IV. OWNERSHIP, MANAGEMENT, AND CONTROL OF NATURAL RESOURCES
A. Self-Governance Deficit
The ability of indigenous groups to self-govern or self-administer their own affairs within their own territorial confines is one of the fundamental underlying problems affecting the implementation of their rights to lands, territories, and natural resources, and their participation in sharing the fruits of these resources, as contemplated by respective international instruments. Coupled with this predicament is the issue of the character of such self-governing powers and the quality of deference accorded them within the national schemes.
In the United States, tribes are seen as distinct political entities, having substantial sovereignty and cognizable property rights. For instance, in accordance with the Treaty of 1866, entered into on July 19, 1866, between the Unites States government and the Cherokee Nation, the U.S. Supreme Court, in Cherokee Nation v. Journeycake, confirmed that the lands and territories subject to the treaty are the common property of all Cherokee citizens and that the tribe possesses full common rights and property interests in the designated territory. Thus, apart from the federal and state governmental structures, tribal government systems constitute a vital and legally recognized tier of government. The relationship between tribal authorities and the federal government has always been seen as a ““government to government” relationship. To this extent, tribes have jurisdiction over their territories (reservations) to the necessary exclusion of states. A tribal government therefore possesses its own inherent sovereign self-administration powers within the federal system. In order to exert this power, most tribes in the United States have adopted formal constitutions and other regulatory instruments that allow them to exercise jurisdiction over various activities within tribal territories, including crime, civil conduct, and taxation.
By contrast, any conceptual device that is perceived as analogous to the idea of self-determination is abhorred by many national governments in Africa. Most believe that such power, if ceded to tribes as a sovereign unit, would set the stage for political unrest within the national structure, instigate disunity, and subvert the nation-building efforts of the national governments. This point is fairly exemplified by the persistent objection by African countries to the adoption of UNDRIP, largely based on general animus for the underlying concept and the need to qualify the self-determination right contained in the Declaration. Most of the opposing countries became more supportive only when a clarifying proviso was added to the final draft. The proviso, contained in Article 46 of UNDRIP, states:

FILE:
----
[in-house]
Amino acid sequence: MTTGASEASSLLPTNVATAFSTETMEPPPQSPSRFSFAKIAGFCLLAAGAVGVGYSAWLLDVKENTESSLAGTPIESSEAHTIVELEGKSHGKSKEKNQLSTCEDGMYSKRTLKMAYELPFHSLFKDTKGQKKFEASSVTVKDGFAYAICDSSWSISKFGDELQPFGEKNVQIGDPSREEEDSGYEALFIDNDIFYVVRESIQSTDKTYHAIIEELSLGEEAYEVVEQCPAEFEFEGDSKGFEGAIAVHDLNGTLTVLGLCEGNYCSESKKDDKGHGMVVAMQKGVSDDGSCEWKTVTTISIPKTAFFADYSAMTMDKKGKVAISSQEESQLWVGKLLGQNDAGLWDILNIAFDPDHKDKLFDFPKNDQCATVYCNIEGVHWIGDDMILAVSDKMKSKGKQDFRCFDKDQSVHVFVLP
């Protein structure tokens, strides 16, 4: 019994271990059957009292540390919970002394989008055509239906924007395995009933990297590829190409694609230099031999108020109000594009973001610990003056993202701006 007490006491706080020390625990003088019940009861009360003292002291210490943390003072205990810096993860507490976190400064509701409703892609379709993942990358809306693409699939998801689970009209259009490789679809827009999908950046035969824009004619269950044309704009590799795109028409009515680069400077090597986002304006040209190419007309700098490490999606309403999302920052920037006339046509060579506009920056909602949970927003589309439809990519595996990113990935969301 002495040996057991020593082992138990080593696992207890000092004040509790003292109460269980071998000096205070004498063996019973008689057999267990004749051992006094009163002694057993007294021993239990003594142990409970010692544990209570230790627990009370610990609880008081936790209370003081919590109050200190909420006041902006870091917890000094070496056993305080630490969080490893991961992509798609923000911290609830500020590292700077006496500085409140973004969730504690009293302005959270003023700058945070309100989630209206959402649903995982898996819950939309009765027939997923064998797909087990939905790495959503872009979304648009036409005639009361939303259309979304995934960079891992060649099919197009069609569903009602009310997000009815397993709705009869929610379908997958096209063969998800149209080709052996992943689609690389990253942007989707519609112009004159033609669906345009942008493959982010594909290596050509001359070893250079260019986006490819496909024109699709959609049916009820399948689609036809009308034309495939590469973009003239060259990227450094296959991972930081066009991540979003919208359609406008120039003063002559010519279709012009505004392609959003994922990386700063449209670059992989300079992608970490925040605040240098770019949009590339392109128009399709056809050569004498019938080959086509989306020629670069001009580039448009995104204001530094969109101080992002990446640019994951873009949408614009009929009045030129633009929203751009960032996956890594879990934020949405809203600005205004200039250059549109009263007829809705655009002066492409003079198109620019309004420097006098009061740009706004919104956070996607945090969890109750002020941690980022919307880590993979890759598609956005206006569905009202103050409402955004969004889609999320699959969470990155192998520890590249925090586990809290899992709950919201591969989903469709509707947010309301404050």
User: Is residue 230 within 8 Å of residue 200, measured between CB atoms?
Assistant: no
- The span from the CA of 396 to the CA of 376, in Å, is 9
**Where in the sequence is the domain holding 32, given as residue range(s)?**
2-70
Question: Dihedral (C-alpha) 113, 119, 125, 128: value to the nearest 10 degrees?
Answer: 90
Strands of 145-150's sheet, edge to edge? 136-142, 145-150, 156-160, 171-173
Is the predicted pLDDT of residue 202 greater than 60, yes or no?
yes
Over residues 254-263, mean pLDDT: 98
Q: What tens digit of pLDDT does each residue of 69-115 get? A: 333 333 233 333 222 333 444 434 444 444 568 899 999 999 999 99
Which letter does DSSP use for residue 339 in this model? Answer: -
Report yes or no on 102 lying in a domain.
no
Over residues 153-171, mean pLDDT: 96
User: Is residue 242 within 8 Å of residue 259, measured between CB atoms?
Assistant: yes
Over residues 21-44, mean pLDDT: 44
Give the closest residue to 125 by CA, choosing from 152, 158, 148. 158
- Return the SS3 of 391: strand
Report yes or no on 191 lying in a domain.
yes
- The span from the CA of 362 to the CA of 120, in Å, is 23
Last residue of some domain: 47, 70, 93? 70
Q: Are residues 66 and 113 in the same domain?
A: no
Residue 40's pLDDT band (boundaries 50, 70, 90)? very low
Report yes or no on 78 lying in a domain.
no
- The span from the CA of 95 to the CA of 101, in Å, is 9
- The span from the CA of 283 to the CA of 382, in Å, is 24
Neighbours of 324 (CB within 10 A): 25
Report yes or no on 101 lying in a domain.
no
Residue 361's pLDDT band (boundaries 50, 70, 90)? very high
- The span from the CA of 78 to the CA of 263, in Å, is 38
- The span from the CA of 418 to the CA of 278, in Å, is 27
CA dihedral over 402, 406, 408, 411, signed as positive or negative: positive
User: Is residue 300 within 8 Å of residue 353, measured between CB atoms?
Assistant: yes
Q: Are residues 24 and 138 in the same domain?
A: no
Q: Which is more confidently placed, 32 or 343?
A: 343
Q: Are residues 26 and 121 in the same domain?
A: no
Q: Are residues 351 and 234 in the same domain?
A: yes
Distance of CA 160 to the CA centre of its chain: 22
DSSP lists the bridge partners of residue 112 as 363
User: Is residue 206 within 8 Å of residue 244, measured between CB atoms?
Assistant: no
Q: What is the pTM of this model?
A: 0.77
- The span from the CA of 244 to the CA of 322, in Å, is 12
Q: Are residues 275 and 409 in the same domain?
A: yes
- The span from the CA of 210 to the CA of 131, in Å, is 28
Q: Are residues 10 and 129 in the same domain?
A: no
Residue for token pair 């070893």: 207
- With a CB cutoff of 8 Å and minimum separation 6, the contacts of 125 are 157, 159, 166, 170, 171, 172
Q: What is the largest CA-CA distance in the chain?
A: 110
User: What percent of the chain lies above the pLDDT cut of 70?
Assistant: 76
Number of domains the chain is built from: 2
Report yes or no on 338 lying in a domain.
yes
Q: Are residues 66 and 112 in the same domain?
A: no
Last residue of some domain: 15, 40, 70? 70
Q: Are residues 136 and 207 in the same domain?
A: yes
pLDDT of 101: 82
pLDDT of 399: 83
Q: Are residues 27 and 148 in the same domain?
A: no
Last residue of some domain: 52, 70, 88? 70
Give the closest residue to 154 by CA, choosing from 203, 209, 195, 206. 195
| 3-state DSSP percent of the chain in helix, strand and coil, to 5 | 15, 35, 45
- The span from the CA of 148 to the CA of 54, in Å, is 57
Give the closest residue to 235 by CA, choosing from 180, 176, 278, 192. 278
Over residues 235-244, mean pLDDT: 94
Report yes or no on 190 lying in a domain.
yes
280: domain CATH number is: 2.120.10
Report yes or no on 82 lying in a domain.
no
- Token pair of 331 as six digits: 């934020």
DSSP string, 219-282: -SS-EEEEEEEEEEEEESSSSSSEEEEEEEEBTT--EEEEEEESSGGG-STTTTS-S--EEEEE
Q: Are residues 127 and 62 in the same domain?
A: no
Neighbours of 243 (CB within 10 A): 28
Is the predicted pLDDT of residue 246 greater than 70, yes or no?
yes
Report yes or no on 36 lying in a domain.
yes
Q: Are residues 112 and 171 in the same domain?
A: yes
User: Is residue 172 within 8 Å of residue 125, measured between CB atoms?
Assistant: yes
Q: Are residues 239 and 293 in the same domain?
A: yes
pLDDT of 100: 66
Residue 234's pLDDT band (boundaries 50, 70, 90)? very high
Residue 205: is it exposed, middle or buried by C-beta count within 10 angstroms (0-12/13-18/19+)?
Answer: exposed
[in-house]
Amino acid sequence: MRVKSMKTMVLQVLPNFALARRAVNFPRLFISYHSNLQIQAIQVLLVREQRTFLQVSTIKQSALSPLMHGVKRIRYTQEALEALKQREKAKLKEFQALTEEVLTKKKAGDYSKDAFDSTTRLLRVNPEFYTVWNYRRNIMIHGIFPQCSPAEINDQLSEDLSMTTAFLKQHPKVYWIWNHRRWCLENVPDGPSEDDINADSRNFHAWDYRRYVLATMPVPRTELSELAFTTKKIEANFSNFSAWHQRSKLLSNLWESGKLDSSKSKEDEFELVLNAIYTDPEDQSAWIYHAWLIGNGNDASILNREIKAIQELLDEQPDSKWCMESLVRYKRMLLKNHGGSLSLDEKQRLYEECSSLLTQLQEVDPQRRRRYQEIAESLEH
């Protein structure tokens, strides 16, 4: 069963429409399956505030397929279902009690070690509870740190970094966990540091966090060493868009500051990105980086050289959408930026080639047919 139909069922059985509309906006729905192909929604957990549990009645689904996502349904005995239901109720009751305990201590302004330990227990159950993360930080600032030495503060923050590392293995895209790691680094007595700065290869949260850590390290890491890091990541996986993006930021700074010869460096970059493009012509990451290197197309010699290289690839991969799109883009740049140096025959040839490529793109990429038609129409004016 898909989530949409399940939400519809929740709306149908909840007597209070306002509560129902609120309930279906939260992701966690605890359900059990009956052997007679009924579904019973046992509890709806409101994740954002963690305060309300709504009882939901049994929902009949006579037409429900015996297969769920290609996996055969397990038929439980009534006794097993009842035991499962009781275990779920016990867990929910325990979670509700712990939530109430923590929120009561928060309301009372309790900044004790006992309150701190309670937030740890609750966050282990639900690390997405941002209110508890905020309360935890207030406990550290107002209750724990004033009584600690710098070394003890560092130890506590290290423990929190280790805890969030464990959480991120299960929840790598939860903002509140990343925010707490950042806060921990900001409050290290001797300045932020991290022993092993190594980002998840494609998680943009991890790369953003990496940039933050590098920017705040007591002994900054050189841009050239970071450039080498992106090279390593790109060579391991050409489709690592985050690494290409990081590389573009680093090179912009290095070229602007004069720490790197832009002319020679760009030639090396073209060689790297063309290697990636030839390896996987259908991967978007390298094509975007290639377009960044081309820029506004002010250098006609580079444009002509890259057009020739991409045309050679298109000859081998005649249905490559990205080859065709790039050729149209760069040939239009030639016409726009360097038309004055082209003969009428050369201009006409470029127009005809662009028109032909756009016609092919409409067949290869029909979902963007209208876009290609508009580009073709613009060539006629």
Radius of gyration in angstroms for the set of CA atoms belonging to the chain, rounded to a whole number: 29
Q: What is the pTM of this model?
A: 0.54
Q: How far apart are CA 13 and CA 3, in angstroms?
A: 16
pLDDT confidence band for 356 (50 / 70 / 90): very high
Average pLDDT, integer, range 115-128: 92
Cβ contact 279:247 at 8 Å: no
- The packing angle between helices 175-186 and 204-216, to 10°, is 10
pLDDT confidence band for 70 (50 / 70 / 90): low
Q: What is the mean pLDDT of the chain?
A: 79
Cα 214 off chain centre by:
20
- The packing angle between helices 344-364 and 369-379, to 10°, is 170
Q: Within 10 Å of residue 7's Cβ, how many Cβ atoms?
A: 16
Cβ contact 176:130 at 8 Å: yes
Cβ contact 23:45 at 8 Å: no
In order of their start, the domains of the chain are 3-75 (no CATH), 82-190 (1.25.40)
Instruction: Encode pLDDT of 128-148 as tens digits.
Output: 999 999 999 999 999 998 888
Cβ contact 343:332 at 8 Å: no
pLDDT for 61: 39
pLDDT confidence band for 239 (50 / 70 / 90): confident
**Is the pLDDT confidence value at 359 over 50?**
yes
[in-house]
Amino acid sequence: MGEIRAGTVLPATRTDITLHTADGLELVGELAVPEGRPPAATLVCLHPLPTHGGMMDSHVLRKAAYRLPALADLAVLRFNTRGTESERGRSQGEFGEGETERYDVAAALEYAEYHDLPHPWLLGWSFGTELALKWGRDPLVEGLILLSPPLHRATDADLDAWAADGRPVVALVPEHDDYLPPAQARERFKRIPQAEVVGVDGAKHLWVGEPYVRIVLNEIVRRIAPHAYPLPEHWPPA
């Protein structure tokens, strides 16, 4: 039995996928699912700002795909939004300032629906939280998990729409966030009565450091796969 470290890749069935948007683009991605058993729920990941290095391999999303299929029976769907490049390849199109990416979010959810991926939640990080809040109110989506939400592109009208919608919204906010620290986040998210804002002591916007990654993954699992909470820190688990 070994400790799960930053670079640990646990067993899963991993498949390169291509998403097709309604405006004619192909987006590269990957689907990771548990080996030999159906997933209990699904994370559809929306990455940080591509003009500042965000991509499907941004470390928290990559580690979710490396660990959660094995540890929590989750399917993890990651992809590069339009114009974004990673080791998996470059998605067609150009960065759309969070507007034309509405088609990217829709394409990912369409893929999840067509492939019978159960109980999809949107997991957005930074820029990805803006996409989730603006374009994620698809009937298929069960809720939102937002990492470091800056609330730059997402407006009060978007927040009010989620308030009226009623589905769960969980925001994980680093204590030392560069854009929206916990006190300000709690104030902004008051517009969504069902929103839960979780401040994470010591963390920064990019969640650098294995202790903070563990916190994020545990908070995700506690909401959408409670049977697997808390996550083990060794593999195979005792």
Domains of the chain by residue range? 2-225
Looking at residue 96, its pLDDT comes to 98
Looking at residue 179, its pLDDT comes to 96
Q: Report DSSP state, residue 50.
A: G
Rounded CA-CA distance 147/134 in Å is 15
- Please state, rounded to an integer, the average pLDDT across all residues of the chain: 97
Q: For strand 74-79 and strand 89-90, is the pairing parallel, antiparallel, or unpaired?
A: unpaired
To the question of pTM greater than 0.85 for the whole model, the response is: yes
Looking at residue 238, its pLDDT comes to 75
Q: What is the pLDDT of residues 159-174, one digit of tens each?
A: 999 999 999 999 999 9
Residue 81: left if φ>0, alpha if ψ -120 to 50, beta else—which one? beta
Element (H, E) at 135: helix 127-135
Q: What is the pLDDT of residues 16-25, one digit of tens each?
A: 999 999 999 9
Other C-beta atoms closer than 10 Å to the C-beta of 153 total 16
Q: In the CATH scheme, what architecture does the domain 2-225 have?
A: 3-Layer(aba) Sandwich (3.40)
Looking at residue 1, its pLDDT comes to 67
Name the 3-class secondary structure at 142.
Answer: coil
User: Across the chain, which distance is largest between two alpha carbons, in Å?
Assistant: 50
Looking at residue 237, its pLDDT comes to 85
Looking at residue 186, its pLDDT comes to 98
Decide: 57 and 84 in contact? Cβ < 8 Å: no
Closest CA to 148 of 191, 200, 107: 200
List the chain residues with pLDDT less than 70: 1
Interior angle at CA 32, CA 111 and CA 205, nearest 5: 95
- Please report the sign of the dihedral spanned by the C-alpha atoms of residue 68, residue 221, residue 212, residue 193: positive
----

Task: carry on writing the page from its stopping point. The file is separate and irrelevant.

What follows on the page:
Nothing in the Declaration may be interpreted as implying for any State, people, group or person any right to engage in any activity or to perform any act contrary to the Charter of the United Nations or construed as authorizing or encouraging any action which would dismember or impair, totally or in part, the territorial integrity or political unity of sovereign and independent States.
The foregoing provisions were accepted by the African Commission on Human and Peoples' Rights (ACHPR) as adequate to guarantee the inviolability of the integrity of the nation-states within the continent.
In Nigeria, governmental powers, as prescribed by the Constitution, are hierarchically structured among federal, state, and local governments. Any authority put in place by the tribes lacks tangible meaning because they are subject to the superior powers of the local government council where their tribal lands are located. According to the Constitution, it is the duty of the respective local government councils to participate in economic planning and development of the area ascribed to it by law, and to this end, an economic planning board shall be established by the House of Assembly. Under this mandate, governmental structures put in place by tribal elders lack the authority and jurisdictional reach enjoyed by Native American tribes.
B. Lands and Natural Resources: Who Is in Control?
As noted earlier, Native American tribes, including the Navajo, assume a significant participatory role in dealing with issues relating to exploitation, management, and allocation of the natural resources found on tribal lands. More significant, however, is the fact that the federal system actively accommodates the discharge of this role. For instance, the Indian Mineral Leasing Act (IMLA), enacted by the U.S. Congress, stipulates that:
Unallotted lands within any Indian reservation or lands owned by any tribe, group, or band of Indians under Federal jurisdiction (except those specifically excepted from the provisions of sections 396a to 396g of the Act), may, with the approval of the Secretary of the Interior, be leased for mining purposes, by authority of the tribal council or other authorized spokesmen for such Indians, for terms not to exceed ten years and as long thereafter as minerals are produced in paying quantities.